What Is Form-16 and Why Is It Important?
Form 16 is a certificate that your employer issues to you which works as a proof of your annual TDS or tax deducted at source. This document is vital as it not only shows that your employer has made deposits of tax on your behalf to the Income Tax department, but it also gives a break-up of your annual salary and all your investments and expenses.
Basically, the Form 16 is highly important as it works as a unified document using which you can file your taxes for the financial year for which you receive the Form 16.
Your employer is likely to issue a Form 16 to you on or before 15th June of the next year for the immediate preceding financial year. Your Form 16 will essentially have two parts: While Part A gives background information of both you and your employer, Part B enlists your salary break-up and all the other Sections under which you have claimed deductions for investments and expenses.
Filing timely taxes saves you a lot of future hassles, so plan ahead and invest judiciously under the above-mentioned sections to claim the maximum tax benefits on your income.
Let’s see how the three differ from each other.
Form 16: The TDS Certificate for your salary
The most common financial document all working employees come across while filing their Income Tax Returns is the TDS Certificate or Form 16. It is a certificate of tax deducted at source on income from your salary and which has been duly deposited with the Government exchequer. Employees drawing a salary of less than Rs. 2.5 lakh in a financial year are exempted from income tax and do not get any Form 16.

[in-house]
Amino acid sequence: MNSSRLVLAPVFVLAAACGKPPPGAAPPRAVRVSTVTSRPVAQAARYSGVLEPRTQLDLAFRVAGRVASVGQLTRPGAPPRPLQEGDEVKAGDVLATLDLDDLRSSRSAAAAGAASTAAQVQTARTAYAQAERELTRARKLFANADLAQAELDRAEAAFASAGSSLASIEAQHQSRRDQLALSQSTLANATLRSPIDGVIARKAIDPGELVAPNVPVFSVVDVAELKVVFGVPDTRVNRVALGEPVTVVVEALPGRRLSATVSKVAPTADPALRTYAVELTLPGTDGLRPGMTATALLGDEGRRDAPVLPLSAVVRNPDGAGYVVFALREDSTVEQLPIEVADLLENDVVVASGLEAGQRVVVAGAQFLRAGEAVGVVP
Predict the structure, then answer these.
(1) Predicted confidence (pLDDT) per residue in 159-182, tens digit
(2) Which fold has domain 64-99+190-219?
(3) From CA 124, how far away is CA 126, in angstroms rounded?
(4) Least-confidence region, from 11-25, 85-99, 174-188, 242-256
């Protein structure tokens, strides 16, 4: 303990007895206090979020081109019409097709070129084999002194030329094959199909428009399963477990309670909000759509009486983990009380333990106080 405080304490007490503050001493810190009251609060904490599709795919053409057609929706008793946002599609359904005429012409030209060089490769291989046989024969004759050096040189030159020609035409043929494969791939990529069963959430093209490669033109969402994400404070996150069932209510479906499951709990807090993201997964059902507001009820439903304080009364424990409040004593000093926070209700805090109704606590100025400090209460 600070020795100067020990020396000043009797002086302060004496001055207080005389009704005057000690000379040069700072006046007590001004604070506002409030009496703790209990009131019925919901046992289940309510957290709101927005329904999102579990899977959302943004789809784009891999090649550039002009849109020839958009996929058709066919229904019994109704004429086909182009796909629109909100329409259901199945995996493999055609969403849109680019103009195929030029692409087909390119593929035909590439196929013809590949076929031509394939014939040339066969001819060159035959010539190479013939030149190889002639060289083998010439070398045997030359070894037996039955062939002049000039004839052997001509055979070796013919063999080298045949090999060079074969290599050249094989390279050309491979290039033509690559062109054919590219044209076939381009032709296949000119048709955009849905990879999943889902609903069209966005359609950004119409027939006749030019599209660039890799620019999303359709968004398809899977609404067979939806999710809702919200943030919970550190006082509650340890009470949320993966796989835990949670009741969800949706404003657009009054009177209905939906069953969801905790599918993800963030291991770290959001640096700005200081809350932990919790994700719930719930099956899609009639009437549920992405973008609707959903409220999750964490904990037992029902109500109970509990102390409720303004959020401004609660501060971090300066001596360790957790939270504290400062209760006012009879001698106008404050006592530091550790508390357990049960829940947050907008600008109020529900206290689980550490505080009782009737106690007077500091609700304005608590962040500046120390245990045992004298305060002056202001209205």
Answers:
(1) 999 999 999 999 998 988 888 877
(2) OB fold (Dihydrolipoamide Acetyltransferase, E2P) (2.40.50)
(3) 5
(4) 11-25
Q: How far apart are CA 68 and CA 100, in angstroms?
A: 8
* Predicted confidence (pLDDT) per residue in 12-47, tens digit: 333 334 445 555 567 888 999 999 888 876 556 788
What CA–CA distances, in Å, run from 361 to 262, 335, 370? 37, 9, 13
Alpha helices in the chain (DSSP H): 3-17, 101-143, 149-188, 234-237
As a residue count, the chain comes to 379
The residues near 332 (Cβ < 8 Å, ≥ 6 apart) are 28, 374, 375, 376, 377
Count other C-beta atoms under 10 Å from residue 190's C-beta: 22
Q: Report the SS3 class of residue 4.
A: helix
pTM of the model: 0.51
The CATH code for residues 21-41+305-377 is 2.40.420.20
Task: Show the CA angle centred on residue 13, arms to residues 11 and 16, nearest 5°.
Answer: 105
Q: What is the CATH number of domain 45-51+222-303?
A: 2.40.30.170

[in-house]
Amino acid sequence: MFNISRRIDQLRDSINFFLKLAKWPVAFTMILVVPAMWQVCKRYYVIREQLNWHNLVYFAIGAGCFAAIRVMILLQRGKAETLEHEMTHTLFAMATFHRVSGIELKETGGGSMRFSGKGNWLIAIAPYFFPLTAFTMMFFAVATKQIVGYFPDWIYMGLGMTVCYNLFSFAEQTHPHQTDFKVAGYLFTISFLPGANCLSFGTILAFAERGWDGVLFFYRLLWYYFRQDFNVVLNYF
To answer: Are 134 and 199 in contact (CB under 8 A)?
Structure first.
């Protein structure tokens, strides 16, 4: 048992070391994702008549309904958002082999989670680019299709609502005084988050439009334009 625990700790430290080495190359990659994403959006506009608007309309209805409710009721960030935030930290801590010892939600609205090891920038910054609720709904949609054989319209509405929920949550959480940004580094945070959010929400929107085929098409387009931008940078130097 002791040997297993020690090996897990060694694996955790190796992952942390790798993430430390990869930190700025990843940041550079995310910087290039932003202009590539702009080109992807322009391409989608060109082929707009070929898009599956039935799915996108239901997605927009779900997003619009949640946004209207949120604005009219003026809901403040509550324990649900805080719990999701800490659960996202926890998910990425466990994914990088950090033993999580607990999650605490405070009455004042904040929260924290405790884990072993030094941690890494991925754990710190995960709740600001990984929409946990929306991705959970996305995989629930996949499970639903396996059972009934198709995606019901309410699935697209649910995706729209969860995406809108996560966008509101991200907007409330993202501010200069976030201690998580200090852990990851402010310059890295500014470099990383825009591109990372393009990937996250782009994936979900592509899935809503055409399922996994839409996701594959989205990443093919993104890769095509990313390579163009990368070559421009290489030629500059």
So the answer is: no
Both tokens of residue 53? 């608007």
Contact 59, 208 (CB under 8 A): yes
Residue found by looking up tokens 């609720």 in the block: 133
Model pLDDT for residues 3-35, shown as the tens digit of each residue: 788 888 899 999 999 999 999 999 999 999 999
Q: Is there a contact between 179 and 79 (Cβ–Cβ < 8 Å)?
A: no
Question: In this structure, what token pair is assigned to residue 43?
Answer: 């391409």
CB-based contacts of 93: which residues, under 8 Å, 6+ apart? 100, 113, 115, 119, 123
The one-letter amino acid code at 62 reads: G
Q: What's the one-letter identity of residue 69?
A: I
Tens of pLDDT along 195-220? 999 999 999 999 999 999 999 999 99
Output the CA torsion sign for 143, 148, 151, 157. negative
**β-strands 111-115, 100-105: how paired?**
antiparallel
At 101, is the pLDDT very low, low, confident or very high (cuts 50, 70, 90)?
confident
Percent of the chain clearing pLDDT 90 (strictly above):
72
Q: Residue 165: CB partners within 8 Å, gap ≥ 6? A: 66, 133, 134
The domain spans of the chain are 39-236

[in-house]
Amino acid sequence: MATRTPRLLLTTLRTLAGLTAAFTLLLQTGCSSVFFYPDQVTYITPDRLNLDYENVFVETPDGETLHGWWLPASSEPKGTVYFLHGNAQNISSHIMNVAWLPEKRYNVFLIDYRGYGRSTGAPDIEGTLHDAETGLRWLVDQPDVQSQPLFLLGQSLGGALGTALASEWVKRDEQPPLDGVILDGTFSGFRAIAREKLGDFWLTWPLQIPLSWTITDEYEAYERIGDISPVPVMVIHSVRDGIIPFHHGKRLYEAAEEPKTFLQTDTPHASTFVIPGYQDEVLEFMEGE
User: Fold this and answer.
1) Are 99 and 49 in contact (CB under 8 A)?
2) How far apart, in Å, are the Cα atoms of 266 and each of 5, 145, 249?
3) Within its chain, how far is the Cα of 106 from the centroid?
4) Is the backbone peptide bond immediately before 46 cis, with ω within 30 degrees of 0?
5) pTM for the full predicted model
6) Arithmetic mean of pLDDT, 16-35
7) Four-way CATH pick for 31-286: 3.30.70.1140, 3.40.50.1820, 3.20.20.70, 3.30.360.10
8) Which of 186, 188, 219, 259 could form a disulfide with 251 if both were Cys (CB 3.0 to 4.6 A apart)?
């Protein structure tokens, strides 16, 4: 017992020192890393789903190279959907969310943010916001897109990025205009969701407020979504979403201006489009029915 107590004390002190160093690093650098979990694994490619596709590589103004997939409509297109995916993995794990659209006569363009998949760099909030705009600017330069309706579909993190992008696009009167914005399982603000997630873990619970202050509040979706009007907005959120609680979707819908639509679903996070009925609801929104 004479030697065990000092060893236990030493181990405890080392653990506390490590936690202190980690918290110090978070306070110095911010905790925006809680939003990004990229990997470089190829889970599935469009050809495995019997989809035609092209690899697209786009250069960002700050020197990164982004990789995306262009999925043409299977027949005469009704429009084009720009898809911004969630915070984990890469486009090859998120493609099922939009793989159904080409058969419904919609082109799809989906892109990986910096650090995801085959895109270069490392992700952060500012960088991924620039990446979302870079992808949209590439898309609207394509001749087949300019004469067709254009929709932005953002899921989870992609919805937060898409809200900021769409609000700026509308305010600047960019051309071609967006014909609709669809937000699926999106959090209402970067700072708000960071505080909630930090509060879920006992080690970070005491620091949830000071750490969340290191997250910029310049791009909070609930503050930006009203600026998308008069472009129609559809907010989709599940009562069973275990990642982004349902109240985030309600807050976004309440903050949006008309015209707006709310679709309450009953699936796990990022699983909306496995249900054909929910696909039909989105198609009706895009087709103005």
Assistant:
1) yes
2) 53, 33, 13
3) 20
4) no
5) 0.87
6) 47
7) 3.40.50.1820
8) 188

If an employee works for more than one employer or switches jobs in a financial year, he/she would get a separate Form 16 from each employer provided the salary from the employer is more than the threshold limit of Rs. 2.5 lakh.
Form 16A: The TDS Certificate for Income Other than Salary
An individual can have income from sources other than his/her salary, such as returns on investments on FD, mutual funds, gold bonds, and other capital gains. Many of these returns incur income tax at a rate specified by the government from time to time, and in this case, financial institutions are bound to deduct tax at source, and thereby have to issue you the TDS certificate known as Form 16A.
Anyone paying a monthly rent of Rs 50,000 or more for a building/land too is required to deduct tax at source and thereby deposit the tax with the Central Bank Account. The tenant thereupon has to issue Form 16A to the owner of the property.
Anyone earning a commission for the sale of insurance products too is liable for TDS by his/her employer, who in turn has to issue Form 16A to the agent.
Form 16B: The TDS Certificate for Sale of Property
Form 16B certifies that the tax has been deducted at source on the income earned from the sale of immovable property (building or a part of it/land) other than agricultural land, and the TDS has been deposited by the property buyer with the Income Tax department.
According to the rules laid down by Government of India, any person who purchases property from a resident transferor needs to deduct tax at source on any money or consideration paid. TDS is deducted from all immovable property purchase in India. Immovable property is the property including land or any building that does not include agricultural lands.
While employers and financial institutions require a TAN before they can deduct/collect TDS, tenants and property buyers do not require a TAN and can only furnish their PAN details while depositing the TDS with the government.
When it comes to filing your returns, it is easy to get confused between Form 16, Form 16A and Form 16B. You may also have heard that Form 16 has two parts – Part A and Part B. These two parts of Form 16 however, are different from Form 16A and Form 16B. It is important to remember these differences when filing your returns, so that you don’t face any issues.